WARRINGTON Borough Council is urging the Department for Education urged to reconsider a decision which they claim has resulted in a reduction in laptops for vulnerable and disadvantaged children.
On Friday evening, as Warrington’s schools began their half-term holidays, the Department for Education wrote to headteachers telling them that they were changing the way laptops to support disadvantaged children were being allocated to schools. As the impact of this change is now becoming apparent, it is clear that Warrington’s schools are missing out. Of the 57 schools who have shared information so far, 50 have seen a reduction in the number of laptops they are being provided with.
Cllr. Matt Smith, Cabinet Member for Children’s Services at Warrington Borough Council, said: “During lockdown it became apparent across the country that disadvantaged children, for example, those from low income families, were falling further behind in their learning than others. One reason for this was their lack of access to internet-enabled devices and broadband connections. These are essential to engage in the online remote learning schools are now expected to provide. The Department for Education announced a scheme to provide laptops for disadvantaged children to help address these issues.
“As the details of the scheme emerged it became clear that, even including the devices provided by the DfE, Warrington’s schools were still going to fall around 400 laptops short of the total number they needed for their disadvantaged children. We wrote to the Secretary of State for Education at the end of August outlining this problem and asked that the allocation of laptops to our schools was increased.
“It was with absolute disbelief that we heard from our schools over the weekend that the DfE had written to them on Friday, explaining that the allocation of laptops for disadvantaged children had been changed. This change was going to result in even fewer laptops being provided for children who need them in our town.”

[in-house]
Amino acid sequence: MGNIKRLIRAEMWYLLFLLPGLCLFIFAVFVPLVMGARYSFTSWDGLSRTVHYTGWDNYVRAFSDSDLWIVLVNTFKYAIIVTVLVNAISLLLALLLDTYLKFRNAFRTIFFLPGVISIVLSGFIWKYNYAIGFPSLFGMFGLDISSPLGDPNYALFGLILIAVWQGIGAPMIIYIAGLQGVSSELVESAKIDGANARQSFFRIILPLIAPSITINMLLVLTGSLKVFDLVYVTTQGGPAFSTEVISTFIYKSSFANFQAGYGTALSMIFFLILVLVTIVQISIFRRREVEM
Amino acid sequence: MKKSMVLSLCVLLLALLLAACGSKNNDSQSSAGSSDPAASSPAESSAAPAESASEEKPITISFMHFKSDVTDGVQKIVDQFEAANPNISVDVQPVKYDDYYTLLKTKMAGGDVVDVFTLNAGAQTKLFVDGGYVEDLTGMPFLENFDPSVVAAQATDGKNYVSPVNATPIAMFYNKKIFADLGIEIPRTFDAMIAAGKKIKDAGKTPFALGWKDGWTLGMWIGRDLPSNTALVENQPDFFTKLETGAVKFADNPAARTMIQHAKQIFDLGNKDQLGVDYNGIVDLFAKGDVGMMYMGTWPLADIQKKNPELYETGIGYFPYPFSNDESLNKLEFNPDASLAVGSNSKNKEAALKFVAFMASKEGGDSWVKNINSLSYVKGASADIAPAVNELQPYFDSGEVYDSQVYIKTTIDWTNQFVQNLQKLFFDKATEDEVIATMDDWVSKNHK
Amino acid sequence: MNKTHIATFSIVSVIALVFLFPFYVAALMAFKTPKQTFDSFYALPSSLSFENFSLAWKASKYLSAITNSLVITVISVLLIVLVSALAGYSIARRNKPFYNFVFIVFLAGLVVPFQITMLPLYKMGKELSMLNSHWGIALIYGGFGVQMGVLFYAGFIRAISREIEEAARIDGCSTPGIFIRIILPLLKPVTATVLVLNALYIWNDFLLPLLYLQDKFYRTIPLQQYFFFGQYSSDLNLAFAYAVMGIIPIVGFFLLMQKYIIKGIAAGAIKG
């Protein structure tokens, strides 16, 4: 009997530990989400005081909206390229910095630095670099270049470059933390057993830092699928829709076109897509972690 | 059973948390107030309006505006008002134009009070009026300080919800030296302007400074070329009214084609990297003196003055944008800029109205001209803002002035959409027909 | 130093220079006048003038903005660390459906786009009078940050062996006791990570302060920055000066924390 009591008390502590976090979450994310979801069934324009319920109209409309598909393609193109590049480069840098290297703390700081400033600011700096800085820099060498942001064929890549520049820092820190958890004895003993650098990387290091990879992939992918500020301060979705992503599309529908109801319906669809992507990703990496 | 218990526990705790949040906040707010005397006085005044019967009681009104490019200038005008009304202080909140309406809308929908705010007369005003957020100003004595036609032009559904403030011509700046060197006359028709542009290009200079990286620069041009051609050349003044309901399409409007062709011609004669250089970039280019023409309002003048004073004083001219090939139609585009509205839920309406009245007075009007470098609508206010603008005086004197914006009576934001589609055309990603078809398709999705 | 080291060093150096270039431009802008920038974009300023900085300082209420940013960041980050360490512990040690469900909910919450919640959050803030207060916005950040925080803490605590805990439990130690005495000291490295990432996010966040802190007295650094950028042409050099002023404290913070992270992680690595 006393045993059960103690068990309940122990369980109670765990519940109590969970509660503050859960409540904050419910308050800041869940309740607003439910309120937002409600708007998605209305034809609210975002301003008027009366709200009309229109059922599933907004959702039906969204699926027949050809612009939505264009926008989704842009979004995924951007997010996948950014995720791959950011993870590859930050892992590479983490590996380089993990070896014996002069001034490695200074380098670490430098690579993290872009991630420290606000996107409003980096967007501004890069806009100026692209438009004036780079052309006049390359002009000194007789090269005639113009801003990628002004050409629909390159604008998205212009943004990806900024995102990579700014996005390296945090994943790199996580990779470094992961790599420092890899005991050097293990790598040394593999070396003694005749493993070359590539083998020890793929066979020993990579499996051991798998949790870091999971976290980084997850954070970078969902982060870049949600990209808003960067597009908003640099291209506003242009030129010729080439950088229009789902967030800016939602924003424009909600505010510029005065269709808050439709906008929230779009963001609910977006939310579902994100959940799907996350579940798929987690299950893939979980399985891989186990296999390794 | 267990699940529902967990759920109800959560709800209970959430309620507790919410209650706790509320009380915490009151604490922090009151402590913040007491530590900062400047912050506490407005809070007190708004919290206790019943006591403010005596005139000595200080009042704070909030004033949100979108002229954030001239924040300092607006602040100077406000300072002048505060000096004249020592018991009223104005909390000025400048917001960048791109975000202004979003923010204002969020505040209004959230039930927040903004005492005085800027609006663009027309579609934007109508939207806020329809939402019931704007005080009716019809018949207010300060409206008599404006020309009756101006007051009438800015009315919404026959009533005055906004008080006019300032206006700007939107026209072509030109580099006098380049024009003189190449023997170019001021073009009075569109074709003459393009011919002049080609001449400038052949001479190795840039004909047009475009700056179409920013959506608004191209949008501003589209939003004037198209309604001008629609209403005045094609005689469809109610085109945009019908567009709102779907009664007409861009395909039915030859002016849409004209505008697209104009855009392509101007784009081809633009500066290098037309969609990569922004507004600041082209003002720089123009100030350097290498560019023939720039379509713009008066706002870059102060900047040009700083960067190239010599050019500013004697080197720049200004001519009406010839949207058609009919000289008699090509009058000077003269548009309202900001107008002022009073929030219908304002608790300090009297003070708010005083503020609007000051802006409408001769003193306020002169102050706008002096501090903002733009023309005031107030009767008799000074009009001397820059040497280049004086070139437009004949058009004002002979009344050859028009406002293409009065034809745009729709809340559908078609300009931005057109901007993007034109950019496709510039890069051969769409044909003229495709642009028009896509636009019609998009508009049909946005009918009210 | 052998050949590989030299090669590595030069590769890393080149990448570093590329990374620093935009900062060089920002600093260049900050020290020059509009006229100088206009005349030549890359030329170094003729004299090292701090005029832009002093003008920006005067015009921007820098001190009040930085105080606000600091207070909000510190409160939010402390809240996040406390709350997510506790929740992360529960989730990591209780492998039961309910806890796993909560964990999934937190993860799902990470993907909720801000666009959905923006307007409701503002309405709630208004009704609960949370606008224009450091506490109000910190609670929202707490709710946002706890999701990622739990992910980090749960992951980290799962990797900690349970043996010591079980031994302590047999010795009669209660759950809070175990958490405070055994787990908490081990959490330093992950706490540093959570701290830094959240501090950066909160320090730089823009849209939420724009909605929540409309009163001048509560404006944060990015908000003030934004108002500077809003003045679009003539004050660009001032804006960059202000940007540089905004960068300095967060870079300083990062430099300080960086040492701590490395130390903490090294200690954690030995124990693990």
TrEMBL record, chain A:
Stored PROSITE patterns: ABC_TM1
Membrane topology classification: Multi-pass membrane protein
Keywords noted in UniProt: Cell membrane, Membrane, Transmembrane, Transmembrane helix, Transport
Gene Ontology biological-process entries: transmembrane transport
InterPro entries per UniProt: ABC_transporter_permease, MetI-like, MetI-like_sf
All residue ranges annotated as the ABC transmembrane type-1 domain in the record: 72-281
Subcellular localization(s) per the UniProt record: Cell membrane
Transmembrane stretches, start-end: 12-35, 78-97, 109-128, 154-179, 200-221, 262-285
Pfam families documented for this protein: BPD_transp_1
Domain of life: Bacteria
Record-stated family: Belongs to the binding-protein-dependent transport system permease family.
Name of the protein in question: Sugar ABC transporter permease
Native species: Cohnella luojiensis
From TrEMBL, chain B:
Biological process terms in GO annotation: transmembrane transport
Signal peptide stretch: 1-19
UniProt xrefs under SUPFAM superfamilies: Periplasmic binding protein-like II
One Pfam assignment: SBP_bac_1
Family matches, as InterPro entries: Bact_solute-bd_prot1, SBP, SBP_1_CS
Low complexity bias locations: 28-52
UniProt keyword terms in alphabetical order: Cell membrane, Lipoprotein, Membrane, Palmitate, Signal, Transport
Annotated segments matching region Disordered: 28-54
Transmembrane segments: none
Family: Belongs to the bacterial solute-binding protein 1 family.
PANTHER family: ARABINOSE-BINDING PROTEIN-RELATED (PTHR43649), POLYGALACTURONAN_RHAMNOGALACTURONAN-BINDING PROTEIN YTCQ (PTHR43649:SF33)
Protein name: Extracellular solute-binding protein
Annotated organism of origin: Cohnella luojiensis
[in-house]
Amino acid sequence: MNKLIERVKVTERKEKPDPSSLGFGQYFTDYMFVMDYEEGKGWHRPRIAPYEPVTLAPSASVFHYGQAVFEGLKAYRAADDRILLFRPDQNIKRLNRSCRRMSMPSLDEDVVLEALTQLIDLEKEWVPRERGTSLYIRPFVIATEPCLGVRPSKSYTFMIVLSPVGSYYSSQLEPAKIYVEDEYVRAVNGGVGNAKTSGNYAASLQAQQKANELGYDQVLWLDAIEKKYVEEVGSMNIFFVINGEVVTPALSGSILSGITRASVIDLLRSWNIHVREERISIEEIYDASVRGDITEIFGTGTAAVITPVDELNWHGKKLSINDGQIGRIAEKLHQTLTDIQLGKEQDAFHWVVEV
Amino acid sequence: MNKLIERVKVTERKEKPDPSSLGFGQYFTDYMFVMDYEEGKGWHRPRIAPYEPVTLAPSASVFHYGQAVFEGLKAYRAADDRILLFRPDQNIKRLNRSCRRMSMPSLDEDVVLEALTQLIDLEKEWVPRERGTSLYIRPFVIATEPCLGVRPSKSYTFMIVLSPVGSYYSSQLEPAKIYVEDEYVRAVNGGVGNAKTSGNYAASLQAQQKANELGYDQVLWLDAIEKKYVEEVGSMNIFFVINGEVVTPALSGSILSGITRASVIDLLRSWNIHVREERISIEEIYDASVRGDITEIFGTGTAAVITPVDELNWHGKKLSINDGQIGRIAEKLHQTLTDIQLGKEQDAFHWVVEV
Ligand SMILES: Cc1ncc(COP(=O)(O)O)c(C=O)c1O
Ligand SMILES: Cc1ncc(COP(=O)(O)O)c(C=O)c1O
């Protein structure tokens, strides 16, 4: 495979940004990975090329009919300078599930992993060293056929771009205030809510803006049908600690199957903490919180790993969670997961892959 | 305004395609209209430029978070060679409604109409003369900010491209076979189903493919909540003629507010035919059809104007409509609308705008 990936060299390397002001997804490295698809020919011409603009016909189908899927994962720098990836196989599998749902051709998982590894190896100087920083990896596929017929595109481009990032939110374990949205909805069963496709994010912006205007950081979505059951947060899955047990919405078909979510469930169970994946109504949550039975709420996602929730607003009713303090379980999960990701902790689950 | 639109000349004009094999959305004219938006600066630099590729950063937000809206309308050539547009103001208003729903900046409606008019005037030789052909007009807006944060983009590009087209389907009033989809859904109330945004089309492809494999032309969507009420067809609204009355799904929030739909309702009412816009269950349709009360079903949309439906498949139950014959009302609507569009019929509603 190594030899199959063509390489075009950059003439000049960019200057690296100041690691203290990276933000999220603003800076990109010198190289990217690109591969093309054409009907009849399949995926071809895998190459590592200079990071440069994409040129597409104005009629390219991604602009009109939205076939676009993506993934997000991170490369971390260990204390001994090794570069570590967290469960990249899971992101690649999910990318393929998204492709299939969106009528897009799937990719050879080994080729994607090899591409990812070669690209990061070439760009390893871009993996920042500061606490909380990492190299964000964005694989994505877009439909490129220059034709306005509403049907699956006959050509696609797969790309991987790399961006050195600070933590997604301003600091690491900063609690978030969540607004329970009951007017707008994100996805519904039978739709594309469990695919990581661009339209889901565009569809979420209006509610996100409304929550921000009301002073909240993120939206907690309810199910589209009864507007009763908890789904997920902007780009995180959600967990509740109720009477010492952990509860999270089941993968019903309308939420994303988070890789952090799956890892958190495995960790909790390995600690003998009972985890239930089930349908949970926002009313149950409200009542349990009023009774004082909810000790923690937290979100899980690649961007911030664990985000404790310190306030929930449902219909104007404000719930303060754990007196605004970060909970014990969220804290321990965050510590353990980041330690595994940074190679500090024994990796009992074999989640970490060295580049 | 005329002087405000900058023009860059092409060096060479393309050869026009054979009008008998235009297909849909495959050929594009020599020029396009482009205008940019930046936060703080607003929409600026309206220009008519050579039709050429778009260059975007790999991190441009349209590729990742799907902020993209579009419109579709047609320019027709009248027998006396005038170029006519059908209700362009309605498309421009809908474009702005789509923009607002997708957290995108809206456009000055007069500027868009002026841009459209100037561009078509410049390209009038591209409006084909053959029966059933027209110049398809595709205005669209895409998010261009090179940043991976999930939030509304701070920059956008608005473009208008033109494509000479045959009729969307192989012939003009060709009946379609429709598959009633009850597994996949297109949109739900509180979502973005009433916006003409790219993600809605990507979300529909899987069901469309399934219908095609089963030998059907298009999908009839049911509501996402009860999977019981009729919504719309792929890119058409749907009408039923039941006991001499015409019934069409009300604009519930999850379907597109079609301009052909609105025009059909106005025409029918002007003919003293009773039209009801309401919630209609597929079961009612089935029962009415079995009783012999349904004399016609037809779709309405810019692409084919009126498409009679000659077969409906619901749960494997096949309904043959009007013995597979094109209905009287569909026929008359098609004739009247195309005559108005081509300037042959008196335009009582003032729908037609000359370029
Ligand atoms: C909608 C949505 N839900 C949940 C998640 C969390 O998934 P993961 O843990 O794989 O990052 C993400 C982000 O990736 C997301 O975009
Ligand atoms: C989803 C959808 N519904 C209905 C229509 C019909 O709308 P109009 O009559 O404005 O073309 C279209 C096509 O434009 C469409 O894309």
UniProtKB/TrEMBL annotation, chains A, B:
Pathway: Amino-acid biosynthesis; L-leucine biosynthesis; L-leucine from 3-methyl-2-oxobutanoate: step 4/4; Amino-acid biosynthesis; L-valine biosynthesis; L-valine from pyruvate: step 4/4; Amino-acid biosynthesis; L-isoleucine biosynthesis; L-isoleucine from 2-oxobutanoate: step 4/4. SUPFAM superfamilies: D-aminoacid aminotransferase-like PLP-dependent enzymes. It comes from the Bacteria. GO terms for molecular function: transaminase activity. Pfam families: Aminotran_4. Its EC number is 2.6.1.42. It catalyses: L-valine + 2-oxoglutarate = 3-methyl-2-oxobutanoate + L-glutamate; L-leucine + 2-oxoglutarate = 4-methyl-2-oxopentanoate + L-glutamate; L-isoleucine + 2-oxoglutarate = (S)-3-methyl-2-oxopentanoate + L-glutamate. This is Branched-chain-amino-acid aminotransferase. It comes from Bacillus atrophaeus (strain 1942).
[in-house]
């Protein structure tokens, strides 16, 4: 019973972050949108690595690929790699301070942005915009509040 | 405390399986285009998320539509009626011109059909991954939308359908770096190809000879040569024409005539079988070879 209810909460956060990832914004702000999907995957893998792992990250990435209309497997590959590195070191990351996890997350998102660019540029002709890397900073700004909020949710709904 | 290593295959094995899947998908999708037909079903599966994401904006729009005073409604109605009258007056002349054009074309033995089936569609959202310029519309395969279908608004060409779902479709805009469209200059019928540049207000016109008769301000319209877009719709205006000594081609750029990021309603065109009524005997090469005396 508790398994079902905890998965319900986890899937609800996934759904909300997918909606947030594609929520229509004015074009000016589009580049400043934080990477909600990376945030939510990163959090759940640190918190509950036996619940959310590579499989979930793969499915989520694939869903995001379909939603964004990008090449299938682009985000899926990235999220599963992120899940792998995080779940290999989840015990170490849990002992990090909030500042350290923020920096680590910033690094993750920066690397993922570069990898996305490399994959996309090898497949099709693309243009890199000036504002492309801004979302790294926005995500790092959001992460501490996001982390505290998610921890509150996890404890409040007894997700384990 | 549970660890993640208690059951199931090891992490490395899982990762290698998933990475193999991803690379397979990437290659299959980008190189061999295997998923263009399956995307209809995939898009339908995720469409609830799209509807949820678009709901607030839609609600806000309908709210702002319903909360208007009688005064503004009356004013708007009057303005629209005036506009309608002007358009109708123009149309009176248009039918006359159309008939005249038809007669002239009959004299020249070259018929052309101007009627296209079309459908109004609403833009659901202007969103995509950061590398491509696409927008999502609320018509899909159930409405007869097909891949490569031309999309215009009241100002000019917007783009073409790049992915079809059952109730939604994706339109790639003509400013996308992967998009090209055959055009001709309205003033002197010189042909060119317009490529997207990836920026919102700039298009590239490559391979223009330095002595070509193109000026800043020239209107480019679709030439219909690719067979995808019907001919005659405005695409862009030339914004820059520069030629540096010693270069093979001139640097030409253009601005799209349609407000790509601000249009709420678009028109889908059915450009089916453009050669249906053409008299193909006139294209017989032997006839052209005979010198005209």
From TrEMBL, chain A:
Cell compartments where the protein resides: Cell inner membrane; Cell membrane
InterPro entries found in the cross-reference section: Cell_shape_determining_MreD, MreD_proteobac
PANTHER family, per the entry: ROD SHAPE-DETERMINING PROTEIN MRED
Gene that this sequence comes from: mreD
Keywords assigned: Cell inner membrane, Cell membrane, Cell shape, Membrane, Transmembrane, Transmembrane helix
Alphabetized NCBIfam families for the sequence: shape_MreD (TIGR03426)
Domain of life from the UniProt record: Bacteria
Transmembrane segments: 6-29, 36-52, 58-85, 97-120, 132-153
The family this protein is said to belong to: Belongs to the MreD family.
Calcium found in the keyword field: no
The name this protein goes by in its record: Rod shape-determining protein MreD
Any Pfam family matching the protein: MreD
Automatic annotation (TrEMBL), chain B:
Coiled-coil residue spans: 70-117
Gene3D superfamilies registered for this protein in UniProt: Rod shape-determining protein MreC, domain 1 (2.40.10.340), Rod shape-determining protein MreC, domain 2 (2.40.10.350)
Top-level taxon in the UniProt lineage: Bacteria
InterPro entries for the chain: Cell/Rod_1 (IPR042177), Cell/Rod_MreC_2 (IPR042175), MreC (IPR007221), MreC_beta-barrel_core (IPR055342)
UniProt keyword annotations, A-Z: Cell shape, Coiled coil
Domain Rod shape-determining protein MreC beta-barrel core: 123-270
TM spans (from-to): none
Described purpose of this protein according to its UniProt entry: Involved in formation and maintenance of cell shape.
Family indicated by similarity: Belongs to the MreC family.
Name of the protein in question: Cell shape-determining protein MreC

Cllr. Russ Bowden, Leader, Warrington Borough Council, along with Cllr. Smith have written to the Secretary of State for Education to express their concern. Their letter states, “Everybody involved in education here is deeply committed to ensuring that all our children and young people have every opportunity to achieve their best, but this reduction in the allocation of laptops to disadvantaged children runs contrary to that ambition… When the DfE should be pulling out all the stops to support disadvantaged children, it is both short-sighted and deeply disappointing that they have chosen to instead pull the rug from under them.”
They go on to urge the Secretary of State to reconsider the decision to reduce school’s allocation of laptops and to increase it in line with the need identified by each school.
Cllr. Bowden added, “At the end of last week the Government caused controversy by rejecting calls for free meals for eligible children to be extended to cover school holidays. As this week begins, we now see another decision from the Department for Education which is an act of bad faith towards those children who need the most support. This decision – and the timing of the decision just before half-term – follows a worrying trend for our most vulnerable and disadvantaged children. These decisions are intolerable and we will continue to challenge them. We make no apologies for demanding the best for Warrington’s children and young people. Digital disadvantage cannot be allowed to hold them back.”
A Spokesperson for the DFE said: “With schooling now being prioritised and 99% open, the number of students working at home is far less than during the lockdown.
“The new allocation means that schools will continue to have the number of laptops that is better matched to the amount of students being sent home for isolation periods. If a school does think they need more, and can justify this, they can contact the department to raise this request.
“Securing laptops is an immense operation, with 330,000 laptops delivered already, and the Government has recently purchased another 90,000 last week – for context, the UK Government is now one of the world’s largest purchasers of laptops. Better matching supply to demand will help us to get them where they are needed more effectively and faster.”